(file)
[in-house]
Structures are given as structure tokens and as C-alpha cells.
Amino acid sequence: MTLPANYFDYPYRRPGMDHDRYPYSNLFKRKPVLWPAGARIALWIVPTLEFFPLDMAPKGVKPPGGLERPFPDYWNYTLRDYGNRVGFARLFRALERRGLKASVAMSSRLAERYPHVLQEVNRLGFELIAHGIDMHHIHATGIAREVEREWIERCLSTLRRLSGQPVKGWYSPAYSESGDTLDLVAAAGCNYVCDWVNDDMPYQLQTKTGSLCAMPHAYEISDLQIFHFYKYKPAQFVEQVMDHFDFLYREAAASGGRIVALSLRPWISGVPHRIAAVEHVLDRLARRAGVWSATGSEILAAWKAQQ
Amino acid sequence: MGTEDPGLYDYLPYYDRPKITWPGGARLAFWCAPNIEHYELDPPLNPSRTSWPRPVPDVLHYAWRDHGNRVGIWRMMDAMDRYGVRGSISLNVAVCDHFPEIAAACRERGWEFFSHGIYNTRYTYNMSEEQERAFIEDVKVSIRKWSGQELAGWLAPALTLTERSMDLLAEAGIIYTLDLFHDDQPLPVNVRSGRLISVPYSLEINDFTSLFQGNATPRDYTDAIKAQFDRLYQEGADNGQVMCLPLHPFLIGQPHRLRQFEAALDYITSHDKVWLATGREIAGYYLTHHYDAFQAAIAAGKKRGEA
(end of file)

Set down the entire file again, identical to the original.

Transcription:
[in-house]
Structures are given as structure tokens and as C-alpha cells.
Amino acid sequence: MTLPANYFDYPYRRPGMDHDRYPYSNLFKRKPVLWPAGARIALWIVPTLEFFPLDMAPKGVKPPGGLERPFPDYWNYTLRDYGNRVGFARLFRALERRGLKASVAMSSRLAERYPHVLQEVNRLGFELIAHGIDMHHIHATGIAREVEREWIERCLSTLRRLSGQPVKGWYSPAYSESGDTLDLVAAAGCNYVCDWVNDDMPYQLQTKTGSLCAMPHAYEISDLQIFHFYKYKPAQFVEQVMDHFDFLYREAAASGGRIVALSLRPWISGVPHRIAAVEHVLDRLARRAGVWSATGSEILAAWKAQQ
Amino acid sequence: MGTEDPGLYDYLPYYDRPKITWPGGARLAFWCAPNIEHYELDPPLNPSRTSWPRPVPDVLHYAWRDHGNRVGIWRMMDAMDRYGVRGSISLNVAVCDHFPEIAAACRERGWEFFSHGIYNTRYTYNMSEEQERAFIEDVKVSIRKWSGQELAGWLAPALTLTERSMDLLAEAGIIYTLDLFHDDQPLPVNVRSGRLISVPYSLEINDFTSLFQGNATPRDYTDAIKAQFDRLYQEGADNGQVMCLPLHPFLIGQPHRLRQFEAALDYITSHDKVWLATGREIAGYYLTHHYDAFQAAIAAGKKRGEA